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Children's Art

Art vs. Crafts

by MaryAnn F. Kohl
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The terms art and crafts are often used interchangeably to describe the same activities for children, but they actually have important differences and learning implications. We are not talking about traditional crafts like candle making or basket weaving; we are talking about what most adults call "crafts" - that is, anything a child makes or creates: craft time at the library, crafts at camp, crafts class in school, crafts at church or synagogue, or the craft corner at daycare. Crafts have their place in a child's educational life, but it is art that is the truly important creative activity for children. How do we know the difference?

Art and Crafts: What's the difference?

Because art and crafts are so different, it's good to know what makes them special and call them by their proper names. When children create art, they are exploring, discovering, and thinking. Art encourages a child's originality and unique expression with an unknown outcome. Crafts, on the other hand, involve the child's reproducing an adult's idea, while following directions to make a specific "thing" - a known outcome. Making crafts is about imitating what an adult has made and, as such, it requires no original thinking. Crafts are meant to be useful or practical, or to reinforce a fact or learning theme. Craft activities have value in this way, but art is a unique form of creativity that inspires each individual child to be original and inventive and to think for himself.

Comparison Chart: Art vs. Crafts

Value both art and crafts experiences for exactly what they are. Be clear when doing activities with kids and use the words "crafts" and "art" correctly. The chart below is useful for explaining differences:

Art Crafts
creative, unique, original similar (or identical) to other children's
comes from within the child directed from the adult
open-ended, end results unknown closed, directions-oriented, end results known
process is valued over finished product finished product is valued over process
self-expression copying and imitating


Why Art? Process, Not Product

Adults often prefer to give kids cute crafts projects because the nearly cookie-cutter perfect results reflect well on the adult. (If the child's work looks good, then doesn't this mean the adult is doing a good job teaching?) The truth is actually the opposite: If a child is exploring and discovering while creating art, the child is learning far more than if he were merely copying an adult's idea of a finished product. Creating through open-ended art places the value on the process rather than the final product. The process involves discovering, exploration, and learning to trust one's own choices. The product is only the outcome of the exploration and discovery, a reflection of deeper learning. Children's art should be about process more than product, about feeling free to create, and about visually sharing a child's own thoughts and feelings. As children create art, there will be repetition and remaking and tweaking and manipulating materials to various outcomes and experiences, all unique to that child. Art pleases the child and honors unique individuality and diversity.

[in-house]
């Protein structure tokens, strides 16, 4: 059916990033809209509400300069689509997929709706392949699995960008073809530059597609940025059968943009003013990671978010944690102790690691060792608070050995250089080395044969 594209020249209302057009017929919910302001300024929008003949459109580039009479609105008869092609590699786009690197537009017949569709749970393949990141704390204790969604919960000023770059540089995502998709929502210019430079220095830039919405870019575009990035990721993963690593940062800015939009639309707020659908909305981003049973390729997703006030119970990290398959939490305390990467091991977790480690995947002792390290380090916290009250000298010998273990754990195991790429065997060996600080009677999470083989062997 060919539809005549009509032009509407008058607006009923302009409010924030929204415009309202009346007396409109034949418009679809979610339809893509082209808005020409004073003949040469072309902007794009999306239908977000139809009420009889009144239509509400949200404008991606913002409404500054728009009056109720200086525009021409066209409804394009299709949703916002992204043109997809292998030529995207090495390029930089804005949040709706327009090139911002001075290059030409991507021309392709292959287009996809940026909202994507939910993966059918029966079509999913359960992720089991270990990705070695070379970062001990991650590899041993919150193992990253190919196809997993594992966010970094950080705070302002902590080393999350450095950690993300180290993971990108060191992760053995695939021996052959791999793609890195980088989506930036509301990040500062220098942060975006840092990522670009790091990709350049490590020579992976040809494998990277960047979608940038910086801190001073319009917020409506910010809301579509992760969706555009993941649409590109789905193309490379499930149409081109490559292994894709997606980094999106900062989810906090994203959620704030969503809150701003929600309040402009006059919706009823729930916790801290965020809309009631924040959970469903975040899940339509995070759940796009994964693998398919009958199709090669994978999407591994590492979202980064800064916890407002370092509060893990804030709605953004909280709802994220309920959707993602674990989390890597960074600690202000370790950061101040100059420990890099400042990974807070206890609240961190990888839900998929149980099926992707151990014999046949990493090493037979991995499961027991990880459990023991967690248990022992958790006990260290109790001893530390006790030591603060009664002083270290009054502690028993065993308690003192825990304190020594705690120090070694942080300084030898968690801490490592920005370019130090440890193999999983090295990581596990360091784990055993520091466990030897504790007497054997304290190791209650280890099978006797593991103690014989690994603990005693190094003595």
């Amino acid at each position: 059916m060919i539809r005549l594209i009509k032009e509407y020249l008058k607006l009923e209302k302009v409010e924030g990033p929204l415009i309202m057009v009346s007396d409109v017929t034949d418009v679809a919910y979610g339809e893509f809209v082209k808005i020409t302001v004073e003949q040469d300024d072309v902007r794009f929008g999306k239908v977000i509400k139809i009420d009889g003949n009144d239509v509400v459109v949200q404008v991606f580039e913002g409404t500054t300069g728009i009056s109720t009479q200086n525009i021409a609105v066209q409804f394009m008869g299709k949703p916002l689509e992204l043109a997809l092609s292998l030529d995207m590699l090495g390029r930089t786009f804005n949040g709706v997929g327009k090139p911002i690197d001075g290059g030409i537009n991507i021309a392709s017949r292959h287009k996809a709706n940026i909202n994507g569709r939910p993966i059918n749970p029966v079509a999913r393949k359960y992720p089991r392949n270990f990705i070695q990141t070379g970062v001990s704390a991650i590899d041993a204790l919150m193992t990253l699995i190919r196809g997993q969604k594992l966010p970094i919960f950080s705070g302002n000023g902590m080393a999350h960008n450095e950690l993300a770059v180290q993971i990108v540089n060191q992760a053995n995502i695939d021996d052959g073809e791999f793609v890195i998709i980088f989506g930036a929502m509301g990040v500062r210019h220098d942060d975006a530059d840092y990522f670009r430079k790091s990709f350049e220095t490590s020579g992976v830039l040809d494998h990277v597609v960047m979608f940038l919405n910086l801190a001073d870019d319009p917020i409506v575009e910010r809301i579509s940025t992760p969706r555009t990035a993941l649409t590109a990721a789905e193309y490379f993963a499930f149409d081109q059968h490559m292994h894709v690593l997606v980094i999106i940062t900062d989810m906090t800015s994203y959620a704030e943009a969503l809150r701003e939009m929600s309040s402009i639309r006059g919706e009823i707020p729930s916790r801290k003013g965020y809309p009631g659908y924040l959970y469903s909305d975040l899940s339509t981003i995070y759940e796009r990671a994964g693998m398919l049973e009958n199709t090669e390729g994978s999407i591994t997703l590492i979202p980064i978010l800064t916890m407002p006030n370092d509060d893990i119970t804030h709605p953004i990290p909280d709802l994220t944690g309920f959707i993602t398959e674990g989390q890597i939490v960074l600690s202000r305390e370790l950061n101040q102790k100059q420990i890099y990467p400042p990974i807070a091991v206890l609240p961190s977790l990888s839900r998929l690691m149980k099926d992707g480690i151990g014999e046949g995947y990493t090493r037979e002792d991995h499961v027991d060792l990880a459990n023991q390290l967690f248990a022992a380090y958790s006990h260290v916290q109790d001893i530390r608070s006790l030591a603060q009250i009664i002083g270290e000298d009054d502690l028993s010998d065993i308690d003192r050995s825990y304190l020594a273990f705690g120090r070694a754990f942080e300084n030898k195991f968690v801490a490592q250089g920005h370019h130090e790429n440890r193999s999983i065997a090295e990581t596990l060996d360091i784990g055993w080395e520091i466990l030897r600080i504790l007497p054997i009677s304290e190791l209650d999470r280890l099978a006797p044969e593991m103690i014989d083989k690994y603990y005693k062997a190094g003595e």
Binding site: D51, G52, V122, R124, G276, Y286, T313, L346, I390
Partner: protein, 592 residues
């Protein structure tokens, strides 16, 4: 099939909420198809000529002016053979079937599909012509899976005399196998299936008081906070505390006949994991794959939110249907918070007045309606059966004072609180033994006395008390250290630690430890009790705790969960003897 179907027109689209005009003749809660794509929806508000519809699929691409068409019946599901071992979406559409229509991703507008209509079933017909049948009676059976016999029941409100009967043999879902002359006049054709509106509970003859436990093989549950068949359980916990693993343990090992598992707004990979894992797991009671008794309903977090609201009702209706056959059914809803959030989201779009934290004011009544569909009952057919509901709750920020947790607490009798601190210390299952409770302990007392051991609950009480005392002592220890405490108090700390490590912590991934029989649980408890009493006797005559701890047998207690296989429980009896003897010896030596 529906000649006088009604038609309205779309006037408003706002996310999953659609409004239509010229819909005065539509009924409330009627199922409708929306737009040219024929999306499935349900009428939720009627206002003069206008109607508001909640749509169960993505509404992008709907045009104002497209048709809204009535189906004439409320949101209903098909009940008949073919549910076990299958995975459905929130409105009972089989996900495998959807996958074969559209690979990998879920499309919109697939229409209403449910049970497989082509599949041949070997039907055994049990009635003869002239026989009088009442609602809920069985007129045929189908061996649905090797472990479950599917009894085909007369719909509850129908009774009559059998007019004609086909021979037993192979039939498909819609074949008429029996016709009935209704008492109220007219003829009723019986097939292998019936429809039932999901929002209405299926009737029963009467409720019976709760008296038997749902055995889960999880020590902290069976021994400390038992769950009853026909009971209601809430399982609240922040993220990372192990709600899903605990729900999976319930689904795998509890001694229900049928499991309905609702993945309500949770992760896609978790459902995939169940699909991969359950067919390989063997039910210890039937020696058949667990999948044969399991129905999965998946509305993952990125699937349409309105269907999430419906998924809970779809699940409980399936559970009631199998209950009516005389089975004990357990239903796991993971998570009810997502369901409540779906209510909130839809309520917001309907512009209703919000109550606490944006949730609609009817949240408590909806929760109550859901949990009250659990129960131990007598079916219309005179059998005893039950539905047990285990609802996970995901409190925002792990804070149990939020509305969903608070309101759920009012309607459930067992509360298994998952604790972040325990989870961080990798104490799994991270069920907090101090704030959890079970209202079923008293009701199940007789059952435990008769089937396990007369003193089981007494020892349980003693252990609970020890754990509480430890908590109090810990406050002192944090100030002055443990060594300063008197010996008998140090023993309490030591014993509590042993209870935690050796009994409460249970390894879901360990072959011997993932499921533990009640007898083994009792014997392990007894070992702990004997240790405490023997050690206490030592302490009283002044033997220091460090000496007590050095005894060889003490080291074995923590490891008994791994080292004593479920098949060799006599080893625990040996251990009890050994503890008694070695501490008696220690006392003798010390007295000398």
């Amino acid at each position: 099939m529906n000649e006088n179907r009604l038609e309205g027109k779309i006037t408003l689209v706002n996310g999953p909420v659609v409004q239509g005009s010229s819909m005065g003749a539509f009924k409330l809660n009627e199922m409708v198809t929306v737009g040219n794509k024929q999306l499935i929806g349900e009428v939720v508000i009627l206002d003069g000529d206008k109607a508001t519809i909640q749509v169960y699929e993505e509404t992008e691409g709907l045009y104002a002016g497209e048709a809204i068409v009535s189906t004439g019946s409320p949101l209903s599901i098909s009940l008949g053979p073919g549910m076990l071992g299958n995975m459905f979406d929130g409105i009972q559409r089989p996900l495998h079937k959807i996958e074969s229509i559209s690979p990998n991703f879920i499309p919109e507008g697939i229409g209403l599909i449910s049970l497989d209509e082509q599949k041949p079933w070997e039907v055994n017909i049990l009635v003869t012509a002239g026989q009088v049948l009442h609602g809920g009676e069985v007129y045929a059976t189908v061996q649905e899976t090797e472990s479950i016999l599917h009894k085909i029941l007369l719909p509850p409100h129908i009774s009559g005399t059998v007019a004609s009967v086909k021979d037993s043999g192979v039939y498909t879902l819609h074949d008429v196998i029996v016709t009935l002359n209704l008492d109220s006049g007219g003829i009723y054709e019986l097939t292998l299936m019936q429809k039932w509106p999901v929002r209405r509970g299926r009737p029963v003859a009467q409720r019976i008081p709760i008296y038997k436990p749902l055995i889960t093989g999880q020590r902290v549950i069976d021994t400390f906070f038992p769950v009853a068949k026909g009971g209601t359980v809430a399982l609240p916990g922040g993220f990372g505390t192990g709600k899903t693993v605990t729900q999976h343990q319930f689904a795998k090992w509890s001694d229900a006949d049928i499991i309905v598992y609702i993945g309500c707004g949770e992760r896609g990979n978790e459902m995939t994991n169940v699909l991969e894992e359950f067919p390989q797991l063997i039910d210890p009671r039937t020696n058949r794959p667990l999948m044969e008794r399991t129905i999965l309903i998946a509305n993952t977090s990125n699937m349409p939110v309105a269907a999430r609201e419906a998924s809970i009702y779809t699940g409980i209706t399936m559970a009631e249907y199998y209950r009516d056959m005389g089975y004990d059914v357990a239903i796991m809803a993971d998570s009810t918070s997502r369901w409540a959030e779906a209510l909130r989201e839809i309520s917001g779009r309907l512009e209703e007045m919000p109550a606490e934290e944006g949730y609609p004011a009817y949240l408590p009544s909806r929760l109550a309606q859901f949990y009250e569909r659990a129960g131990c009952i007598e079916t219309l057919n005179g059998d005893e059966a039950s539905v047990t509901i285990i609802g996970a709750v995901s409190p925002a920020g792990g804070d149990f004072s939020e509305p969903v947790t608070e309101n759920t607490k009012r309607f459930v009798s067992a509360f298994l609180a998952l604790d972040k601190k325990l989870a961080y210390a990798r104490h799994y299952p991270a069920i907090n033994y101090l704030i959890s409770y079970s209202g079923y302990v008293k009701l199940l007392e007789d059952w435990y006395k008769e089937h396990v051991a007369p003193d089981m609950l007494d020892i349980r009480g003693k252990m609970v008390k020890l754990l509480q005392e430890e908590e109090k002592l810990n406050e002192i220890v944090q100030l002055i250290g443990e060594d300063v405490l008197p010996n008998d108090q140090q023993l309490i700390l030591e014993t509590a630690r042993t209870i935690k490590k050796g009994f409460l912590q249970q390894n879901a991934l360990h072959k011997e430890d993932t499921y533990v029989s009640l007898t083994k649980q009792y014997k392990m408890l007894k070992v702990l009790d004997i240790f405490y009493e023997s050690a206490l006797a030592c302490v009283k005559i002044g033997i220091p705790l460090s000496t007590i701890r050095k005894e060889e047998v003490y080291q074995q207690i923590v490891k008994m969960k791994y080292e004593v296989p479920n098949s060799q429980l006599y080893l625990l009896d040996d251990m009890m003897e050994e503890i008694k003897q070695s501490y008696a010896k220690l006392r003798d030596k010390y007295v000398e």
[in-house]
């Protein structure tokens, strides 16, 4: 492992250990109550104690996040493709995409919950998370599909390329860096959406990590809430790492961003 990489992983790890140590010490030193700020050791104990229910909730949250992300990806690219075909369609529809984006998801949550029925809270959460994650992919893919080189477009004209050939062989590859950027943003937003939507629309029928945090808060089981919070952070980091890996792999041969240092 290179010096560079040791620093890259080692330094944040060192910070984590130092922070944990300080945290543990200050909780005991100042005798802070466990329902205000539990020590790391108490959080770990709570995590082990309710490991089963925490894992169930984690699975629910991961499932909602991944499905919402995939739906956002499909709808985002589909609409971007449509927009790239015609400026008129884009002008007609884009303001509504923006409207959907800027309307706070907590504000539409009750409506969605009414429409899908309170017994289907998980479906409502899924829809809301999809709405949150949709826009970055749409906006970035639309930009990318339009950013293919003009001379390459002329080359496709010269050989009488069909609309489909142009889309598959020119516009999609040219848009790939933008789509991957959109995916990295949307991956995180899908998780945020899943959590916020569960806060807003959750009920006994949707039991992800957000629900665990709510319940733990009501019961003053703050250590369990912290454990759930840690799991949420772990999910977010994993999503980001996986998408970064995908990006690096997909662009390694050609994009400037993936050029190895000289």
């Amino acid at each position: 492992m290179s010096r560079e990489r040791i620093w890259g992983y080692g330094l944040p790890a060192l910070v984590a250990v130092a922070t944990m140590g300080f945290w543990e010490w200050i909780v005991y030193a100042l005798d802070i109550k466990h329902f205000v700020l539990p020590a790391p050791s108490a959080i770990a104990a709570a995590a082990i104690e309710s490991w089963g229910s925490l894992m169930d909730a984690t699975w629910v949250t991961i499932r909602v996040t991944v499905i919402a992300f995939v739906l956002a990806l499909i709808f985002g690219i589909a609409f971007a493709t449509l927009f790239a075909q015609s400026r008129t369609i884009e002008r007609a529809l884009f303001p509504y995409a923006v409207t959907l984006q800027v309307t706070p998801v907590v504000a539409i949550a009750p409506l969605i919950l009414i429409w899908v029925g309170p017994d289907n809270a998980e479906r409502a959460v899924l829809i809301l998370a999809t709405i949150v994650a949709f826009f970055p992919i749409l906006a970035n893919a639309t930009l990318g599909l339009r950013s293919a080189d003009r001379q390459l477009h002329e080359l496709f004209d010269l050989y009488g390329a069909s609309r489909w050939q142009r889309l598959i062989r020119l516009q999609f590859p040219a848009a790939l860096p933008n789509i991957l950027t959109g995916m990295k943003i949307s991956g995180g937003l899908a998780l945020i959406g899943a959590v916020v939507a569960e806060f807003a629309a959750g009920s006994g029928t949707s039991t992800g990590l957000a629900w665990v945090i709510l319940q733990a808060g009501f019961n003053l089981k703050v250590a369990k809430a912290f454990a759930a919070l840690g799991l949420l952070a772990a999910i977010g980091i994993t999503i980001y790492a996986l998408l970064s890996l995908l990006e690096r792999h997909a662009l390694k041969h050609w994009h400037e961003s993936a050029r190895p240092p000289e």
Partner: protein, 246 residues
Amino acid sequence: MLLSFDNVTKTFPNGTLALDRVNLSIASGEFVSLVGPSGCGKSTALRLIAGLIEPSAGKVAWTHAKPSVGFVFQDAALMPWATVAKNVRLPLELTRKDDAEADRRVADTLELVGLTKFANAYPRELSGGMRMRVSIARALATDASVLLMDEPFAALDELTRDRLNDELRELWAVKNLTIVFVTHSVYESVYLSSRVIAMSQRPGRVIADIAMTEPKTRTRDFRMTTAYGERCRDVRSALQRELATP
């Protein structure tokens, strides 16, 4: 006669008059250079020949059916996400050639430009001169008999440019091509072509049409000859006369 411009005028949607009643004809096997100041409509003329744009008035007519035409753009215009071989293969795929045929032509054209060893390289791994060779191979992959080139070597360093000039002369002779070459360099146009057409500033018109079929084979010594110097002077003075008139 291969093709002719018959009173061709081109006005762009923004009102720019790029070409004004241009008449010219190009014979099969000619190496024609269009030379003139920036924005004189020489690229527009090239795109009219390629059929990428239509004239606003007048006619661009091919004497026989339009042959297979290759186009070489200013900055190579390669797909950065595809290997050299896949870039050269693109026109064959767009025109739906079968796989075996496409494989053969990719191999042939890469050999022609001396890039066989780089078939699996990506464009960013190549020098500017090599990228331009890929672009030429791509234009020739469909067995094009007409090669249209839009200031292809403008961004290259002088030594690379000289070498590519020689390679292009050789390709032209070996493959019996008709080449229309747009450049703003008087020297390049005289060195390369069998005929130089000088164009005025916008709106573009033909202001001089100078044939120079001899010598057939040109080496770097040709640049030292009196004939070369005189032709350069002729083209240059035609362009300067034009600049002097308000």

Art is creative and free, with only some very basic techniques to guide the experience; the process is heavily valued, and the finished product is not the main goal: It is the creative process that holds the most value. For young children, the exploration and discovery is foremost, and the finished product may not even exist! Sometimes children will value the finished artwork as a by-product to their creative explorations, and sometimes it is a way of telling what they experienced. Other times they set it aside and start something new -- because it was the doing that mattered, not the outcome.
Art: Learning Skills

Children learn through creating art. Art impacts a child's learning and development in the following areas:
  • Thinking and reasoning skills
    • Problem-solving
    • Trial and error
    • Planning, organizing
    • Estimating and measurement
    • Matching, patterning, sequencing
    • Spatial relationships
  • Language skills
    • Communication
    • Symbolic representation of ideas
    • Vocabulary
    • Memory
  • Physical skills
    • Hand-eye coordination
    • Fine motor and large motor skills
  • Emotional skills
    • Self-expression
    • Purposefulness
    • Self-worth
Aren't Crafts Important, Too?

Crafts often have practical uses or are meant to reinforce a specific topic or learning theme in the classroom like safety, pets, or transportation. Crafts may go along with Math, Science, or other academic areas. When making crafts, children are often forming useful items or following directions to make projects or things that other kids are making too -- even if they don't look exactly identical when complete. There will be uniformity to the work and an expected outcome for all participants. Crafts are designed to please adults as much as to offer children specific facts to learn or to reinforce the exercise of following directions. It's not that crafts are bad; it's just that crafts are not art. Use the word "art" when children create art, and "crafts" when they do crafts. This way, everyone understands the difference and learns to respect each activity for what it truly is. Crafts are fun and cute and a supplement to a child's learning and doing, but art should be the larger portion of a child's creative time.